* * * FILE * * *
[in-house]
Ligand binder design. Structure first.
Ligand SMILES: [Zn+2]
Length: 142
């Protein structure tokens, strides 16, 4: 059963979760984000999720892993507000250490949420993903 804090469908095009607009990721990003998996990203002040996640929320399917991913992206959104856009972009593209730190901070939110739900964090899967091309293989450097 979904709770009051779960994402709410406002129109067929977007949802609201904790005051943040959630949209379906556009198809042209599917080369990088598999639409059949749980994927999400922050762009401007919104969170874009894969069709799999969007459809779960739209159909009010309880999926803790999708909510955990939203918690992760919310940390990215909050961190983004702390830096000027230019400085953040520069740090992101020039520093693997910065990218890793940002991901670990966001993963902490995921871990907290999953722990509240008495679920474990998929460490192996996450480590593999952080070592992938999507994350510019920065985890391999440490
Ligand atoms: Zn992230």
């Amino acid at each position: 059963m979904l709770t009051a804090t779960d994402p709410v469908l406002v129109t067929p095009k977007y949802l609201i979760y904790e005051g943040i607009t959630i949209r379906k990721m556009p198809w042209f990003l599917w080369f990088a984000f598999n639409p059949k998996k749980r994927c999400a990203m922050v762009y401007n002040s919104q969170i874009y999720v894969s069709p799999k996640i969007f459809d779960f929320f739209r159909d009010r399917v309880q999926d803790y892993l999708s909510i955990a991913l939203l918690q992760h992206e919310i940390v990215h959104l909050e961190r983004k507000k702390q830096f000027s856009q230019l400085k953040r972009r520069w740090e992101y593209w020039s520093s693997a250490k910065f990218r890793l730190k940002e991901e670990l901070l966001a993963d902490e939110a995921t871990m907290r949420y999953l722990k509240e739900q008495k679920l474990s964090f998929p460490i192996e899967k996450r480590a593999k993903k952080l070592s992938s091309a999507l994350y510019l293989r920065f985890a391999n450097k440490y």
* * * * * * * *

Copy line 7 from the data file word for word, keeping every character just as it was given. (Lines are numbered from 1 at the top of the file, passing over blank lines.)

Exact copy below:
């Amino acid at each position: 059963m979904l709770t009051a804090t779960d994402p709410v469908l406002v129109t067929p095009k977007y949802l609201i979760y904790e005051g943040i607009t959630i949209r379906k990721m556009p198809w042209f990003l599917w080369f990088a984000f598999n639409p059949k998996k749980r994927c999400a990203m922050v762009y401007n002040s919104q969170i874009y999720v894969s069709p799999k996640i969007f459809d779960f929320f739209r159909d009010r399917v309880q999926d803790y892993l999708s909510i955990a991913l939203l918690q992760h992206e919310i940390v990215h959104l909050e961190r983004k507000k702390q830096f000027s856009q230019l400085k953040r972009r520069w740090e992101y593209w020039s520093s693997a250490k910065f990218r890793l730190k940002e991901e670990l901070l966001a993963d902490e939110a995921t871990m907290r949420y999953l722990k509240e739900q008495k679920l474990s964090f998929p460490i192996e899967k996450r480590a593999k993903k952080l070592s992938s091309a999507l994350y510019l293989r920065f985890a391999n450097k440490y």